Have you ever noticed how people are influenced by those around them? Think of a neighborhood where one homeowner works very hard to keep his/her yard perfectly manicured. When neighbors see this meticulous attention to detail, they tend to raise their games and follow suit by taking better care of their properties. Before you know it, the entire neighborhood looks gorgeous and becomes a center of pride for everyone. One homeowner’s efforts had a positive spillover effect on his/her neighbors.
In a service-oriented industry like transportation, think of how a top performer can improve customer service by bringing out the best in others. For example, one of the benefits of a small-sized trucking company is its sense of family. This closeness comes from ownership/management’s ability to have daily contact with all employees to the point where managers know the names of employees, their spouses, and children. Actively engaging employees to this degree, sharing an enthusiasm for the company, and most importantly, helping employees see they are valuable contributors to the company’s success can have a positive spillover effect. By taking pride in themselves and the company, employees become better advocates for the company’s products and services and ultimately strive to provide better customer service.
From a safety standpoint, consider how management’s commitment to safety can create positive spillover and improve employee safety performance. When management leads by example and establishes high expectations, employees will be more apt to emulate this behavior and be more inclined to participate in organized safety activities. With improved safety performance, the organization will benefit in the following ways:
• Fewer losses
• Increased productivity
• Improved morale
• Lower turnover
• Better communication
• Lower workers’ compensation insurance costs • Reduced medical expenses
• Decreased roadside violations
• Increased customer service
Improving safety performance through positive spillover is relatively inexpensive. It may cost nothing at all and require only minor operational adjustments. For example, selecting a safety-minded high-performer to conduct road tests or to mentor new drivers can have a positive spillover effect. Not only do new hires learn immediately what the company expects relative to safety performance, but also the personal interaction with someone exhibiting these characteristics creates a positive and lasting impression. Conversely, toxic employees are experts in creating negative spillover. Do not allow these personality types to monopolize discussions during safety meetings. Instead, intentionally involve top performers in the discussion from the start, and encourage new employees to participate so they feel their views are valid and a welcome contribution.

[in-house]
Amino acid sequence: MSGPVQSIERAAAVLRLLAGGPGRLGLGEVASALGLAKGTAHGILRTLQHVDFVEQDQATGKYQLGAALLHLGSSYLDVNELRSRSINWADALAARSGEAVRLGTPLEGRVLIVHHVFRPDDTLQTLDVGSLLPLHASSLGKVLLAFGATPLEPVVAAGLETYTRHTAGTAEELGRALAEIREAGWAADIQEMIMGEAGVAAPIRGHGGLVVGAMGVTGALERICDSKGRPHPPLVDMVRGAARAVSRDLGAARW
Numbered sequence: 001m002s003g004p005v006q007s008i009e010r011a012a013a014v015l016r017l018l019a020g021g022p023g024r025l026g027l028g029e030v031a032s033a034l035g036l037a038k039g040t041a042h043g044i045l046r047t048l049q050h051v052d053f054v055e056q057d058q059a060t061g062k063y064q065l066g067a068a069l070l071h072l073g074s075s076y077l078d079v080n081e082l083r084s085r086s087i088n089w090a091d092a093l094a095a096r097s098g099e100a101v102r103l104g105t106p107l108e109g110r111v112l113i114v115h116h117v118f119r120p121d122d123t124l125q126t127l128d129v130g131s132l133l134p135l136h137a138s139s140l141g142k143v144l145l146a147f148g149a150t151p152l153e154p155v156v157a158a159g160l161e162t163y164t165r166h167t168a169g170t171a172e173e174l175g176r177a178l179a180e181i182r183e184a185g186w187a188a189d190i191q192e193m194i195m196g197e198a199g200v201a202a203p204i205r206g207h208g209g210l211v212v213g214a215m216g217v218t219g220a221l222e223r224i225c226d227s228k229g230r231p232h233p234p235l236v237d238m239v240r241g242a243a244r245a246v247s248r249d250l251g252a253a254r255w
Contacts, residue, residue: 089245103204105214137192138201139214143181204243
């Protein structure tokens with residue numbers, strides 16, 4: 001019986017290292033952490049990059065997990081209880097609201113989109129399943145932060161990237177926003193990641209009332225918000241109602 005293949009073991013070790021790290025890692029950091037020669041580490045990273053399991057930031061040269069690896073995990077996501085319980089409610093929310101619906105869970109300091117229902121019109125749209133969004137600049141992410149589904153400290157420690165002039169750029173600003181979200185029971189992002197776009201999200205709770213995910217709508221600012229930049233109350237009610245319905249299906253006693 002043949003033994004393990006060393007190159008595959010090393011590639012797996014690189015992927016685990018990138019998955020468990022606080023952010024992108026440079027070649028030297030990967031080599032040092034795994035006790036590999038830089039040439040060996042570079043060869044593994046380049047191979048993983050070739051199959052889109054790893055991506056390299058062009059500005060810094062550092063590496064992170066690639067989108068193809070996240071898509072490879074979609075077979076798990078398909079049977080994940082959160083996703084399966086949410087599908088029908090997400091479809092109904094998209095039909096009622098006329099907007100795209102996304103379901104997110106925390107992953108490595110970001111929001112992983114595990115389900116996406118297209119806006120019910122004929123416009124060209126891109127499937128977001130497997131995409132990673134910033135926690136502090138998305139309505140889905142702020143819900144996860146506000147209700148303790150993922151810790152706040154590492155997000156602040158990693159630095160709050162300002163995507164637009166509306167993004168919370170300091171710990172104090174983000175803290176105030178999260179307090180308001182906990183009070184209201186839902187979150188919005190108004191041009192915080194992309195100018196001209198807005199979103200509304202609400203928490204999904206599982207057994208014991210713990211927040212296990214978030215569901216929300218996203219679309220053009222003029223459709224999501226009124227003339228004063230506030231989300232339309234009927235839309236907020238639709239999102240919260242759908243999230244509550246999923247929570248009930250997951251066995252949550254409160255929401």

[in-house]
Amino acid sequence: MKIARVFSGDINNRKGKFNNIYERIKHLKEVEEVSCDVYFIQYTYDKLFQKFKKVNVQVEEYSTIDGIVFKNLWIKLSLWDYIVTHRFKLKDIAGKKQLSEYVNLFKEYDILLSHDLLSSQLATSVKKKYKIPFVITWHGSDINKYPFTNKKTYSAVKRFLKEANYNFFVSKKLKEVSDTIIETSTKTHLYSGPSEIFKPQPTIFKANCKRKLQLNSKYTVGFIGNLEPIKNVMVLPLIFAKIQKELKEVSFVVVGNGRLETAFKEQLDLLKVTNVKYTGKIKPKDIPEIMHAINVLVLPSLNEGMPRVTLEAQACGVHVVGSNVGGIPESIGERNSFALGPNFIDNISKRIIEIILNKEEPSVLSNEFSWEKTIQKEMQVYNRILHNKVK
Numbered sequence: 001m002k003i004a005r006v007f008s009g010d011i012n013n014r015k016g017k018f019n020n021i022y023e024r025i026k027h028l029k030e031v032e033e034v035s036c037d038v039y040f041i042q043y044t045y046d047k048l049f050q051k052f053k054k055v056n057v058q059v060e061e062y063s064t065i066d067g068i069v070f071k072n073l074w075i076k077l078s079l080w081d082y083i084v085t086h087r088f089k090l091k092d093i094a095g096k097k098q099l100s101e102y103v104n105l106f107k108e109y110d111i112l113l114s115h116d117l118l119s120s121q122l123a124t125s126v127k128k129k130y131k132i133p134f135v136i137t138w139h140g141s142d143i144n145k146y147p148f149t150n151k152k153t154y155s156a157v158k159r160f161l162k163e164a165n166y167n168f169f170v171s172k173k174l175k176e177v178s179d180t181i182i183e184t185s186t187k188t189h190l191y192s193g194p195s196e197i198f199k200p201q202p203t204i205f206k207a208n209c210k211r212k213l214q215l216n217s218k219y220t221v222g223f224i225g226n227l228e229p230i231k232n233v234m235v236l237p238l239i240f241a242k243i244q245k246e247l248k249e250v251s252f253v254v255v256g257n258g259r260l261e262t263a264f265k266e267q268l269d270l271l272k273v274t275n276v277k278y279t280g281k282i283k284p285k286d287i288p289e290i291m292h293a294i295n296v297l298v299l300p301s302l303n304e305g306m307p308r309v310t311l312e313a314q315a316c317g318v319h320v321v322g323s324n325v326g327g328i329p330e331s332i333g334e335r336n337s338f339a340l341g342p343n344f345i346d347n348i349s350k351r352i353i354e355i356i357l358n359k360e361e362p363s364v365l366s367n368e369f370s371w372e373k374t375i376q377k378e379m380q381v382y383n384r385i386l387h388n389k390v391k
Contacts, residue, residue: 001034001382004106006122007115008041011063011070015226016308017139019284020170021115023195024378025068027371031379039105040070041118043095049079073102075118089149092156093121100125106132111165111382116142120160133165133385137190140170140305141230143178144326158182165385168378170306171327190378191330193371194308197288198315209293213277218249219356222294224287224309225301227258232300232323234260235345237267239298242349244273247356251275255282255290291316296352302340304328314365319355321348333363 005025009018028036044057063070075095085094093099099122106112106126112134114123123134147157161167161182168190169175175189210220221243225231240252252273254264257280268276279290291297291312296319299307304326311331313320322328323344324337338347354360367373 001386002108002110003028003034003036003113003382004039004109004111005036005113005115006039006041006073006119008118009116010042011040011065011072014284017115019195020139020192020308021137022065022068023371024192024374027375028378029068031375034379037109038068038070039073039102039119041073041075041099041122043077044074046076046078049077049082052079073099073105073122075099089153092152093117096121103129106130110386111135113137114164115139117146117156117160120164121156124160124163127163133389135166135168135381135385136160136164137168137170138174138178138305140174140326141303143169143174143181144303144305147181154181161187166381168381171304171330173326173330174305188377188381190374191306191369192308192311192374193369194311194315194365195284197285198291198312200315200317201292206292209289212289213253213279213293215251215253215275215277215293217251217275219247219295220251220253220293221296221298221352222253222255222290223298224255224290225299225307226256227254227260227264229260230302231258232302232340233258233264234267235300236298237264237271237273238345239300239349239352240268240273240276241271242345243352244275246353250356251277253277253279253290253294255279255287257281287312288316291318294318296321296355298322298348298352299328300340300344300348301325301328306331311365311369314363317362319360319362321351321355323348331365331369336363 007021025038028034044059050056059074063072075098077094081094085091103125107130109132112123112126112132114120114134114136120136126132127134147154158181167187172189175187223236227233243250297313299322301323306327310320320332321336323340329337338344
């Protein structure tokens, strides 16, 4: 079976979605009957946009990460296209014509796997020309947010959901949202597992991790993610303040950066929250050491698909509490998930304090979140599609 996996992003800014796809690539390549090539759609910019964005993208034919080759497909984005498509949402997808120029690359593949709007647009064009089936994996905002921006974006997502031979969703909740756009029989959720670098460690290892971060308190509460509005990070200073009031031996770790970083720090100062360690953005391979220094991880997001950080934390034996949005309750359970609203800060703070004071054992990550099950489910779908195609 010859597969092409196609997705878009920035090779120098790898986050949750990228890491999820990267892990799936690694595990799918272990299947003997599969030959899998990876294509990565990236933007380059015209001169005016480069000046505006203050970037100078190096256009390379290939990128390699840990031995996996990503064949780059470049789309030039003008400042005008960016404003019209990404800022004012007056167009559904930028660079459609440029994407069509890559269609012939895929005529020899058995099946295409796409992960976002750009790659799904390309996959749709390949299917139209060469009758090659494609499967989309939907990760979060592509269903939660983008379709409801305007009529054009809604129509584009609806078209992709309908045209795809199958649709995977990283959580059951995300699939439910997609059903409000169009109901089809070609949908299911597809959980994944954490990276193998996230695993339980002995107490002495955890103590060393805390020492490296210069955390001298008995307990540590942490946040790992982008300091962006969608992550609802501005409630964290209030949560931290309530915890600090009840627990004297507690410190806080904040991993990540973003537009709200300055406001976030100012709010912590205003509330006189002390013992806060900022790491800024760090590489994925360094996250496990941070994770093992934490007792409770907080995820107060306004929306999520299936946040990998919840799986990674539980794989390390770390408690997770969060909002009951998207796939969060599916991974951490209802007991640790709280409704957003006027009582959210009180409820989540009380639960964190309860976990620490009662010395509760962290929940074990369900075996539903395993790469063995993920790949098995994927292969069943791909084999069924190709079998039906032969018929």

CALL TO ACTION
Identify safety-minded high-performers and keep them engaged by involving them in special projects.
Recognize high-performers for their contributions to safety in group settings with their peers.
Establish a driver mentoring program where top performers can influence new hires.
Select a top-performing, safety-conscious driver to conduct road test evaluations.
Note: These lists are not intended to be all-inclusive.
This material is intended to be a broad overview of the subject matter and is provided for informational purposes only. Great West Casualty Company does not provide legal advice to its insureds or other parties, nor does it advise insureds or other parties on employment-related issues, therefore the subject matter is not intended to serve as legal or employment advice for any issue(s) that may arise in the operations of its insureds or other parties. Legal advice should always be sought from legal counsel. Great West Casualty Company shall have neither liability nor responsibility to any person or entity with respect to any loss, action, or inaction alleged to be caused directly or indirectly as a result of the information contained herein.Reprinted with permission from Great West Casualty Company.